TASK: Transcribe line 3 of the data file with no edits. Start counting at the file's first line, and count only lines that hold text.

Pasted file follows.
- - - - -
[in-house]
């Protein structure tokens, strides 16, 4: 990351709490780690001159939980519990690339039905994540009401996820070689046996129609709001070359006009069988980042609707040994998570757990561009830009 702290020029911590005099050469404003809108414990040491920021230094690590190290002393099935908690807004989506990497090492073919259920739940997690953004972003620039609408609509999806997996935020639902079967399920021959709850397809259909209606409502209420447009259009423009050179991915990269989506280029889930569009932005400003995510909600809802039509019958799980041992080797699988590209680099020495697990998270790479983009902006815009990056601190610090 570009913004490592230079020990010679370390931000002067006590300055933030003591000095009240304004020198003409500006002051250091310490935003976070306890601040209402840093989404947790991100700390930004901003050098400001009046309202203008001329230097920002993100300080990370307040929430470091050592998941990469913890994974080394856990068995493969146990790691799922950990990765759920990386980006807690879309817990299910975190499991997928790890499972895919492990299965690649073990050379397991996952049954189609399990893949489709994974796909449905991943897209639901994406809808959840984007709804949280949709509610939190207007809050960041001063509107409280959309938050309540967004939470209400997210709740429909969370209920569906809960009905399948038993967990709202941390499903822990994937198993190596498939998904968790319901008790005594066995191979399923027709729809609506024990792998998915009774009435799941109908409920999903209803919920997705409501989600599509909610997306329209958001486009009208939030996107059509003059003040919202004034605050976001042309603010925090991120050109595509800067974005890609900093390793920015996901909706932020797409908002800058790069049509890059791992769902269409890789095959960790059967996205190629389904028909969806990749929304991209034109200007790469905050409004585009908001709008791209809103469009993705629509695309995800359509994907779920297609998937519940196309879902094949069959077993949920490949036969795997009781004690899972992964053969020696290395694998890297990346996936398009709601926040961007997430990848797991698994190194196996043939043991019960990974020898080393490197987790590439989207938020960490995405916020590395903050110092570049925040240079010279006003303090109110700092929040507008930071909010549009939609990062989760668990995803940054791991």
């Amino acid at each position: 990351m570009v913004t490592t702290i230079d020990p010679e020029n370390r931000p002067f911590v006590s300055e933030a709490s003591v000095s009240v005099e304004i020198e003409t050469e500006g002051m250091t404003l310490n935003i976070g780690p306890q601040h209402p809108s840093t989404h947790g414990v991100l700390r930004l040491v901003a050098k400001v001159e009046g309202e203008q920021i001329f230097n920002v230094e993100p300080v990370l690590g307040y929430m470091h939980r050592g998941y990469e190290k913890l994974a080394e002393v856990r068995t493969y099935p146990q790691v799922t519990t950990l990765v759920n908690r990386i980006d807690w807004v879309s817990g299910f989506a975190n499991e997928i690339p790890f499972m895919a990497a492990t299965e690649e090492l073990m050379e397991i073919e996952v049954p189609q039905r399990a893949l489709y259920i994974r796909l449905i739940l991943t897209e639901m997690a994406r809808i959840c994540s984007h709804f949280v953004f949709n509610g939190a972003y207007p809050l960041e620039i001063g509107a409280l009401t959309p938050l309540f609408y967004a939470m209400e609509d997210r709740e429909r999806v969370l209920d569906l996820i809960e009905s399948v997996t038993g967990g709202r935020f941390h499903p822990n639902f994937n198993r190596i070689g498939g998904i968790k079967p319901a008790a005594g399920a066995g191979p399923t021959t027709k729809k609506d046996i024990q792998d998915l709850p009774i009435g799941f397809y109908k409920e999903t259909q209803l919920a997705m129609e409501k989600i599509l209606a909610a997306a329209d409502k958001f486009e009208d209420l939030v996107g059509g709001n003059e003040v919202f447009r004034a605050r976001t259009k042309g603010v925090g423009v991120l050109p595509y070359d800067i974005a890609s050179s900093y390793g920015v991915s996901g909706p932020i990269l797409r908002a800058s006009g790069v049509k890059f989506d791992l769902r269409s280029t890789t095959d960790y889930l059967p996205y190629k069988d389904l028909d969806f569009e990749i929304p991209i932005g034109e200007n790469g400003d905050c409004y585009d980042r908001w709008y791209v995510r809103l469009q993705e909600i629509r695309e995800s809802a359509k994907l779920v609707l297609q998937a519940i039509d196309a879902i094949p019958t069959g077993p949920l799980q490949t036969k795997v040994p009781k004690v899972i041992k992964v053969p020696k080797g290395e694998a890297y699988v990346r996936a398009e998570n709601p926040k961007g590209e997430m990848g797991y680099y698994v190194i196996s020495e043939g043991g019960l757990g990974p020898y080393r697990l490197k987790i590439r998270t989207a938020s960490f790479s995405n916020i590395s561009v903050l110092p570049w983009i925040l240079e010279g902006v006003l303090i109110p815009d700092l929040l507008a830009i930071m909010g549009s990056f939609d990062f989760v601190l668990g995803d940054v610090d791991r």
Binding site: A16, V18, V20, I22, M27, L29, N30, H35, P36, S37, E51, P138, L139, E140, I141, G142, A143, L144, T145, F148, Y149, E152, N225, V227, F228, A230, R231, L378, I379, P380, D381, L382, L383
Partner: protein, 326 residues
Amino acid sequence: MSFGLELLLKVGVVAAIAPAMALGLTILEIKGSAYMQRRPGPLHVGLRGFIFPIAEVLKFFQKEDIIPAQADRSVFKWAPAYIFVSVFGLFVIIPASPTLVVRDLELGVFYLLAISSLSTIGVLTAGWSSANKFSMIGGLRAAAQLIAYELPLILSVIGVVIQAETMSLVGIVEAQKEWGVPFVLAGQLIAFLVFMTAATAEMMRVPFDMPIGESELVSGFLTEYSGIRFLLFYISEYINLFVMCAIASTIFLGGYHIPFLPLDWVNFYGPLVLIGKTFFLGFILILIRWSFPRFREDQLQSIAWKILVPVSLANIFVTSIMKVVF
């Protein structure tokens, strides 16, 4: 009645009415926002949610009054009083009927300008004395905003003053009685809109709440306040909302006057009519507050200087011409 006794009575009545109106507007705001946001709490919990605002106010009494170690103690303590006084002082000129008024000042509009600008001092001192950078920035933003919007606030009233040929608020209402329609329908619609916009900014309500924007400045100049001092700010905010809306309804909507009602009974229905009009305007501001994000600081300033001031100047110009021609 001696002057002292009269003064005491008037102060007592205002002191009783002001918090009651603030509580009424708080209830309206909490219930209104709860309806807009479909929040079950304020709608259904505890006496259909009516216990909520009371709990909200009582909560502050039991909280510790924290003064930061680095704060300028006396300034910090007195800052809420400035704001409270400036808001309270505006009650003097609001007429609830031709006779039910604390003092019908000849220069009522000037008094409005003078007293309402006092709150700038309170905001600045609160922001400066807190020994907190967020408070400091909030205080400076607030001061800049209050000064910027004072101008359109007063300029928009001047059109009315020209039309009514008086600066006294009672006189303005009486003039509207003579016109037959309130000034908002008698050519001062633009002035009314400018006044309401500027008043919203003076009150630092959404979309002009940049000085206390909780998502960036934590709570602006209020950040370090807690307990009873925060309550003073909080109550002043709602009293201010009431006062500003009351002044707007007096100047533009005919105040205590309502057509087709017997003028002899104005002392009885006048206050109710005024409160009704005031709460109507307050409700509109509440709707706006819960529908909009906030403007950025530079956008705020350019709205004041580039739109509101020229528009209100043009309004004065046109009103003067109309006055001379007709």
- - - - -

């Amino acid at each position: 990351m570009v913004t490592t702290i230079d020990p010679e020029n370390r931000p002067f911590v006590s300055e933030a709490s003591v000095s009240v005099e304004i020198e003409t050469e500006g002051m250091t404003l310490n935003i976070g780690p306890q601040h209402p809108s840093t989404h947790g414990v991100l700390r930004l040491v901003a050098k400001v001159e009046g309202e203008q920021i001329f230097n920002v230094e993100p300080v990370l690590g307040y929430m470091h939980r050592g998941y990469e190290k913890l994974a080394e002393v856990r068995t493969y099935p146990q790691v799922t519990t950990l990765v759920n908690r990386i980006d807690w807004v879309s817990g299910f989506a975190n499991e997928i690339p790890f499972m895919a990497a492990t299965e690649e090492l073990m050379e397991i073919e996952v049954p189609q039905r399990a893949l489709y259920i994974r796909l449905i739940l991943t897209e639901m997690a994406r809808i959840c994540s984007h709804f949280v953004f949709n509610g939190a972003y207007p809050l960041e620039i001063g509107a409280l009401t959309p938050l309540f609408y967004a939470m209400e609509d997210r709740e429909r999806v969370l209920d569906l996820i809960e009905s399948v997996t038993g967990g709202r935020f941390h499903p822990n639902f994937n198993r190596i070689g498939g998904i968790k079967p319901a008790a005594g399920a066995g191979p399923t021959t027709k729809k609506d046996i024990q792998d998915l709850p009774i009435g799941f397809y109908k409920e999903t259909q209803l919920a997705m129609e409501k989600i599509l209606a909610a997306a329209d409502k958001f486009e009208d209420l939030v996107g059509g709001n003059e003040v919202f447009r004034a605050r976001t259009k042309g603010v925090g423009v991120l050109p595509y070359d800067i974005a890609s050179s900093y390793g920015v991915s996901g909706p932020i990269l797409r908002a800058s006009g790069v049509k890059f989506d791992l769902r269409s280029t890789t095959d960790y889930l059967p996205y190629k069988d389904l028909d969806f569009e990749i929304p991209i932005g034109e200007n790469g400003d905050c409004y585009d980042r908001w709008y791209v995510r809103l469009q993705e909600i629509r695309e995800s809802a359509k994907l779920v609707l297609q998937a519940i039509d196309a879902i094949p019958t069959g077993p949920l799980q490949t036969k795997v040994p009781k004690v899972i041992k992964v053969p020696k080797g290395e694998a890297y699988v990346r996936a398009e998570n709601p926040k961007g590209e997430m990848g797991y680099y698994v190194i196996s020495e043939g043991g019960l757990g990974p020898y080393r697990l490197k987790i590439r998270t989207a938020s960490f790479s995405n916020i590395s561009v903050l110092p570049w983009i925040l240079e010279g902006v006003l303090i109110p815009d700092l929040l507008a830009i930071m909010g549009s990056f939609d990062f989760v601190l668990g995803d940054v610090d791991r």